We Apologise for the Inconvenience

“I love deadlines. I love the whooshing noise they make as they go by.” The author of the radio series which became a book which became a television series which became a feature film which became a stage play, the great Douglas Adams was eminently quotable in his diverse work which also included the creation of the “holistic detective” Dirk Gently and a stint as script editor on Doctor Who, and in his unusual and too brief life.

It was in 1984 that with his latest novel in the series increasingly inaccurately titled as a trilogy and known collectively as The Hitchhiker’s Guide to the Galaxy overdue, Adams’ editor resorted to locking him in a hotel room in order to ensure the work of writing took place; Adams, with the inventiveness which had earned him global adoration as a comedy writer, continued to avoid his contractual obligations.

Billed as “an infinitely improbable play about Douglas Adams” and taking its name from the final message of God to his creations, as revealed in the final pages of the novel that eventually was published as So Long, and Thanks for All the Fish and translated by Marvin, We Apologise for the Inconvenience is set within those days of cloistered servitude to the word processor as Adams and his rubber duck take endless baths.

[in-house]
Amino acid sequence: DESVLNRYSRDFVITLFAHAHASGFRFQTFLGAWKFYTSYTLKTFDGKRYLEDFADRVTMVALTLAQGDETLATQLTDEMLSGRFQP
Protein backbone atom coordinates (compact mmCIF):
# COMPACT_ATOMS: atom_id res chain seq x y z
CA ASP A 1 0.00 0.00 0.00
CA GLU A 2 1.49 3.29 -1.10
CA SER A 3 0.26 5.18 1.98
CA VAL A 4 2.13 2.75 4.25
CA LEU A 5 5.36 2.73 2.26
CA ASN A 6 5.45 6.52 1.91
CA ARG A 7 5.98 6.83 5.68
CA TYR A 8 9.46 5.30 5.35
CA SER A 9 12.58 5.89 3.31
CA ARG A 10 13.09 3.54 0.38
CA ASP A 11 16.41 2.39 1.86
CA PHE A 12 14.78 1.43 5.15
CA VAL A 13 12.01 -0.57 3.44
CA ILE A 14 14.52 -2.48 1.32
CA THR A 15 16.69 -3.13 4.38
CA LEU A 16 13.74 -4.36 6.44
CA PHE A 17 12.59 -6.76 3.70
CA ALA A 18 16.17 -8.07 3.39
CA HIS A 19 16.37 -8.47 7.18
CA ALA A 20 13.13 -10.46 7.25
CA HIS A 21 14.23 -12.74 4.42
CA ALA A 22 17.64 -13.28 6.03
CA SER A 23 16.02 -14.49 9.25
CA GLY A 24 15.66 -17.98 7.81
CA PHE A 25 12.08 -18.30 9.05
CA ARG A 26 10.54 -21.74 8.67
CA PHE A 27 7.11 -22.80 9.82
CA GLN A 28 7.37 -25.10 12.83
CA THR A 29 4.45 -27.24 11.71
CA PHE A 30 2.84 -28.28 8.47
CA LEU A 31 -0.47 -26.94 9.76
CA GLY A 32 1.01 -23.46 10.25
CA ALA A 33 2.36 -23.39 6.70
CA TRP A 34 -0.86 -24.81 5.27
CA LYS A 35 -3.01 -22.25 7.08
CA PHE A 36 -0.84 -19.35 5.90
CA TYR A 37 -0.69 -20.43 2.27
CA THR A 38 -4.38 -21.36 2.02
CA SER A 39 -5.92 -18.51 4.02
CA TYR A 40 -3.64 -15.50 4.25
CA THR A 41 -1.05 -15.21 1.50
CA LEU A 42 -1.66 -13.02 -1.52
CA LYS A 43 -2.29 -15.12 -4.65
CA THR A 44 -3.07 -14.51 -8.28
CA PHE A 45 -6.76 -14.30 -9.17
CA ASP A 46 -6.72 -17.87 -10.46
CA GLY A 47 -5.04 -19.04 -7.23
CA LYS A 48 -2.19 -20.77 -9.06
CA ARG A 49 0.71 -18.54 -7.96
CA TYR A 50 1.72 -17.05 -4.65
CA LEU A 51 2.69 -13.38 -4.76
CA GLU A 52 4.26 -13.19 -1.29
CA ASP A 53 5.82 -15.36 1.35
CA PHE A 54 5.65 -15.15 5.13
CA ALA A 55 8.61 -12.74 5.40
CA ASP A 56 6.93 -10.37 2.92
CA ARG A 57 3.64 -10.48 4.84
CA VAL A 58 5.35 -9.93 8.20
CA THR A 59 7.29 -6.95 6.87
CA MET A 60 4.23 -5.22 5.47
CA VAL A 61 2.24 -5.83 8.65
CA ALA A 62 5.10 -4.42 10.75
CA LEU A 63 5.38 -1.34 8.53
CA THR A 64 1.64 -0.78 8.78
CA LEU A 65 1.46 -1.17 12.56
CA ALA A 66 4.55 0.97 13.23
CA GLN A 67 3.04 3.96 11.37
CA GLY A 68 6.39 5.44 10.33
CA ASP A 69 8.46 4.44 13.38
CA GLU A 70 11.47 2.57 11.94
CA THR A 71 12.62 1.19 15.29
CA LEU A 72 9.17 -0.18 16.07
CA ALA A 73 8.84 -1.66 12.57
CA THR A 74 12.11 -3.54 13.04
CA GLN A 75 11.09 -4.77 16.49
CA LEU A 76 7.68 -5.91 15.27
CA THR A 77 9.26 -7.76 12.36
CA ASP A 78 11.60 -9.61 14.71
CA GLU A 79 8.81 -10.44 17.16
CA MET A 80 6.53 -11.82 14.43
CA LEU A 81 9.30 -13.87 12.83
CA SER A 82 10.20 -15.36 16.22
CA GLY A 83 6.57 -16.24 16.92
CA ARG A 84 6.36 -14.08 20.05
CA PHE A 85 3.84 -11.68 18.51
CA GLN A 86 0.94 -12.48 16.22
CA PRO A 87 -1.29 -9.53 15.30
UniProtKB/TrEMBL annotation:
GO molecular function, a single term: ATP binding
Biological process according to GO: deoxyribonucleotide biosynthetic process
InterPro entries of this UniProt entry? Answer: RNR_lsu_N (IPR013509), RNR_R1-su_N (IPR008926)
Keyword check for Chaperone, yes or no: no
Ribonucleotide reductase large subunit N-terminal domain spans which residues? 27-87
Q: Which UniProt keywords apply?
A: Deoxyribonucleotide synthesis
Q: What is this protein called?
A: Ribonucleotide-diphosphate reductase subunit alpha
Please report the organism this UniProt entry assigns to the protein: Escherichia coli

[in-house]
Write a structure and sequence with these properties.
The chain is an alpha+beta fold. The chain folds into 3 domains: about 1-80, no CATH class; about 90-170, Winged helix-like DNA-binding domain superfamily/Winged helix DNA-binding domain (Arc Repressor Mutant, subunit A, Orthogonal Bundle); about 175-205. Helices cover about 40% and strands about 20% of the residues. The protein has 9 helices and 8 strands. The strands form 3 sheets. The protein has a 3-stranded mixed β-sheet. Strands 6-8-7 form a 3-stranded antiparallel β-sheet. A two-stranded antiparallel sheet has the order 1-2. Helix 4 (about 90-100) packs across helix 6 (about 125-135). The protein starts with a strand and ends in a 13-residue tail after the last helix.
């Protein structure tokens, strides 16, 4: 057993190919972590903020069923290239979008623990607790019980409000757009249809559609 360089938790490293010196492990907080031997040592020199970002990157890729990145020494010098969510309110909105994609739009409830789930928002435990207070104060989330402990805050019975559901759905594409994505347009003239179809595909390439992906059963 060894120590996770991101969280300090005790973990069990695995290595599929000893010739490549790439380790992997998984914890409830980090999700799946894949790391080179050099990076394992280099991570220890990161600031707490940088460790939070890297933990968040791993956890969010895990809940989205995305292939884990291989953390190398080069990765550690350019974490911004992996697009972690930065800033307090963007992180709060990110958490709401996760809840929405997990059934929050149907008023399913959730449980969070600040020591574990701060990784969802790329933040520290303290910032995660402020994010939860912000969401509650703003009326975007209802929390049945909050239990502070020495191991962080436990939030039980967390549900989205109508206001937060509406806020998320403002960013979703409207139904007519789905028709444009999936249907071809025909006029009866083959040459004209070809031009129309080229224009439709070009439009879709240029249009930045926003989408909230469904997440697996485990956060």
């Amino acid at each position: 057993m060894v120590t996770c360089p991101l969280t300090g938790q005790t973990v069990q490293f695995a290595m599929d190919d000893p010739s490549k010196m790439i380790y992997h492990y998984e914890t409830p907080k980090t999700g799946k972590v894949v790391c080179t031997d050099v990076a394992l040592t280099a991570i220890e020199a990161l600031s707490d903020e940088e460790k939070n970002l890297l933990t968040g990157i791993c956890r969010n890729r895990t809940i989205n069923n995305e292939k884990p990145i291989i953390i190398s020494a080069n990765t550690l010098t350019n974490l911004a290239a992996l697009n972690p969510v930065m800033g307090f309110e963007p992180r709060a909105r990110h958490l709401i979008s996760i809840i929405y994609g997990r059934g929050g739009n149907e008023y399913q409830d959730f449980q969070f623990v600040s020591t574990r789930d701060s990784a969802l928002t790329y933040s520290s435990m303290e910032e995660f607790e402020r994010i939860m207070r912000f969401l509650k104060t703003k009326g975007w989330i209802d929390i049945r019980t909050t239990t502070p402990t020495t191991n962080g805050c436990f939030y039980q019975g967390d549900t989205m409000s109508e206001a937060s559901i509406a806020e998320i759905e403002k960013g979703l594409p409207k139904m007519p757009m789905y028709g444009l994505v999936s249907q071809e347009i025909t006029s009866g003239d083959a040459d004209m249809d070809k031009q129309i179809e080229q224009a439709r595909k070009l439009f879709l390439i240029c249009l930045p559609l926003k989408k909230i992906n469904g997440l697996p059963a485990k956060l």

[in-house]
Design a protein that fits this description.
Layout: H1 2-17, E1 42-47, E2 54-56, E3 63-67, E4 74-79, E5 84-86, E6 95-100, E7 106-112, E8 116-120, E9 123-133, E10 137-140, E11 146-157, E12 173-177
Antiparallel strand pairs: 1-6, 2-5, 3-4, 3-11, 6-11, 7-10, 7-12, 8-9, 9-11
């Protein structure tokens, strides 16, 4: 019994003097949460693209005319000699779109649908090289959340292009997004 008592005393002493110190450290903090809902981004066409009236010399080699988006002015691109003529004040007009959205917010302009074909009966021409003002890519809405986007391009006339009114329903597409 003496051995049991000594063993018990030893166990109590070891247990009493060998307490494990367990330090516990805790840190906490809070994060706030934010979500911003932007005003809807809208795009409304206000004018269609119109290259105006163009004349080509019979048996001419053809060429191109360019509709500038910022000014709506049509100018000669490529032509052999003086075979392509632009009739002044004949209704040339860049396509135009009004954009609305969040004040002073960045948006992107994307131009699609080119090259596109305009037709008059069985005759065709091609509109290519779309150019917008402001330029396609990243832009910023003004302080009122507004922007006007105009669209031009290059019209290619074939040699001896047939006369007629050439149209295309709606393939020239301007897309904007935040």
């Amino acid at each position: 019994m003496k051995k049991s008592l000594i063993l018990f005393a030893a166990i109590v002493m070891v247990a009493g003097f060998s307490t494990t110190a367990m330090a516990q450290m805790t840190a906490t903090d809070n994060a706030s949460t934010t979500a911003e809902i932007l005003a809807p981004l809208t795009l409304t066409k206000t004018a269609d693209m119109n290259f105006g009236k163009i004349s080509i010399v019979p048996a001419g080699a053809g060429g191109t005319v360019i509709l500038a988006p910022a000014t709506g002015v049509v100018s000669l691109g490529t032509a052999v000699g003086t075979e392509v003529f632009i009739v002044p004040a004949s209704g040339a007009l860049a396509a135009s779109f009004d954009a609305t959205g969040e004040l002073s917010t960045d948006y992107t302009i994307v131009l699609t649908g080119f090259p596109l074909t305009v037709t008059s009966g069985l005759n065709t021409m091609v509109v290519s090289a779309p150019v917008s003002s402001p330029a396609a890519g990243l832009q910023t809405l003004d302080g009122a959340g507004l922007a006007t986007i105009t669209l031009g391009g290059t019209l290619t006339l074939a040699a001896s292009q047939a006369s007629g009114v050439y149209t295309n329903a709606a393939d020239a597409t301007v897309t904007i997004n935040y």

Directed by Ross Kelly from a script by Mark Griffiths and enjoying a too-brief run at the Fringe, Adam Gardiner is Douglas Adams while Rob Stuart-Hudson is the duck, by far the more sensible and diligent of the two as he applies himself to the most impossible task an aquatic bird can undertake before breakfast, making an undisciplined writer write.

His extended bathing a displacement activity he hopes will free his mind to reconnect him across eons of evolution with the primordial gloop from which humanity sprang and trigger his creative process, in his bathrobe and towel for legitimate plot reasons, the parallels between Adams and Arthur Dent are pronounced; where does DA become AD? Clutching their teacups to their chests, both are Englishmen out of their depth.

“Hell is not dark,” he quips: “it’s white, A4 and comes in boxes of five reams at all good stationers.” From Wodehouse to Monty Python, complete with the duck performing the requisite silly walk, the performances are enthusiastic, the laughs are frequent, the observations are heartfelt, Griffiths capturing the particular mode of Adams prose and his contrary character, We Apologise for the Inconvenience a piece to be appreciated by devotees of the Guide which can still be enjoyed by those less hoopy.

We Apologise for the Inconvenience continues at Riddles Court until August 16th



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